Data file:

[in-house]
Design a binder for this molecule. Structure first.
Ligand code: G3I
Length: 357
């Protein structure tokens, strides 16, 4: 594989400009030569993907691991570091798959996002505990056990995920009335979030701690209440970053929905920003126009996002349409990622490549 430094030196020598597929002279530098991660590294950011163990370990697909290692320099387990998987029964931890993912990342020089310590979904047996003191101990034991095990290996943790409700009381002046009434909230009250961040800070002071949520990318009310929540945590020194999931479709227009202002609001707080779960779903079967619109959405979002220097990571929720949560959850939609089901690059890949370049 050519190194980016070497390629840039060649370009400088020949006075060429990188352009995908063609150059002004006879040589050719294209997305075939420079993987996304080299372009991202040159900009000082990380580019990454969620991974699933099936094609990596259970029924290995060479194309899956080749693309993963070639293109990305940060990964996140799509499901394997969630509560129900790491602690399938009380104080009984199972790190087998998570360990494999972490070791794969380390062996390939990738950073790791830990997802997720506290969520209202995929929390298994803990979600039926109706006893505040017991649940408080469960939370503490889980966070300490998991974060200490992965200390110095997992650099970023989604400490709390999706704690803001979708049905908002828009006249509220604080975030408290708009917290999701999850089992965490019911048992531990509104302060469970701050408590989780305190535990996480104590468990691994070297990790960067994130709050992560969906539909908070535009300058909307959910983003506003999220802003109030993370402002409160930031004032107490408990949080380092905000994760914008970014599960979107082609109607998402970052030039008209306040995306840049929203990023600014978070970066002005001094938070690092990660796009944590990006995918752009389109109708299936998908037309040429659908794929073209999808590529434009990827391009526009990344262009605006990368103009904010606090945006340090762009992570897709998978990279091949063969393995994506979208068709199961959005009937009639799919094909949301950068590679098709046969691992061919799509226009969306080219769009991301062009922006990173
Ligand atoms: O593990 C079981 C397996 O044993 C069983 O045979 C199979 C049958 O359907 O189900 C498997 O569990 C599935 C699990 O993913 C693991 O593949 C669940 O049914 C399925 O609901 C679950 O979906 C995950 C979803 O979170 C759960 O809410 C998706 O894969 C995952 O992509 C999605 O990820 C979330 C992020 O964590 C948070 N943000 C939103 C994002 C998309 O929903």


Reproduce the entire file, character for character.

[in-house]
Design a binder for this molecule. Structure first.
Ligand code: G3I
Length: 357
């Protein structure tokens, strides 16, 4: 594989400009030569993907691991570091798959996002505990056990995920009335979030701690209440970053929905920003126009996002349409990622490549 430094030196020598597929002279530098991660590294950011163990370990697909290692320099387990998987029964931890993912990342020089310590979904047996003191101990034991095990290996943790409700009381002046009434909230009250961040800070002071949520990318009310929540945590020194999931479709227009202002609001707080779960779903079967619109959405979002220097990571929720949560959850939609089901690059890949370049 050519190194980016070497390629840039060649370009400088020949006075060429990188352009995908063609150059002004006879040589050719294209997305075939420079993987996304080299372009991202040159900009000082990380580019990454969620991974699933099936094609990596259970029924290995060479194309899956080749693309993963070639293109990305940060990964996140799509499901394997969630509560129900790491602690399938009380104080009984199972790190087998998570360990494999972490070791794969380390062996390939990738950073790791830990997802997720506290969520209202995929929390298994803990979600039926109706006893505040017991649940408080469960939370503490889980966070300490998991974060200490992965200390110095997992650099970023989604400490709390999706704690803001979708049905908002828009006249509220604080975030408290708009917290999701999850089992965490019911048992531990509104302060469970701050408590989780305190535990996480104590468990691994070297990790960067994130709050992560969906539909908070535009300058909307959910983003506003999220802003109030993370402002409160930031004032107490408990949080380092905000994760914008970014599960979107082609109607998402970052030039008209306040995306840049929203990023600014978070970066002005001094938070690092990660796009944590990006995918752009389109109708299936998908037309040429659908794929073209999808590529434009990827391009526009990344262009605006990368103009904010606090945006340090762009992570897709998978990279091949063969393995994506979208068709199961959005009937009639799919094909949301950068590679098709046969691992061919799509226009969306080219769009991301062009922006990173
Ligand atoms: O593990 C079981 C397996 O044993 C069983 O045979 C199979 C049958 O359907 O189900 C498997 O569990 C599935 C699990 O993913 C693991 O593949 C669940 O049914 C399925 O609901 C679950 O979906 C995950 C979803 O979170 C759960 O809410 C998706 O894969 C995952 O992509 C999605 O990820 C979330 C992020 O964590 C948070 N943000 C939103 C994002 C998309 O929903």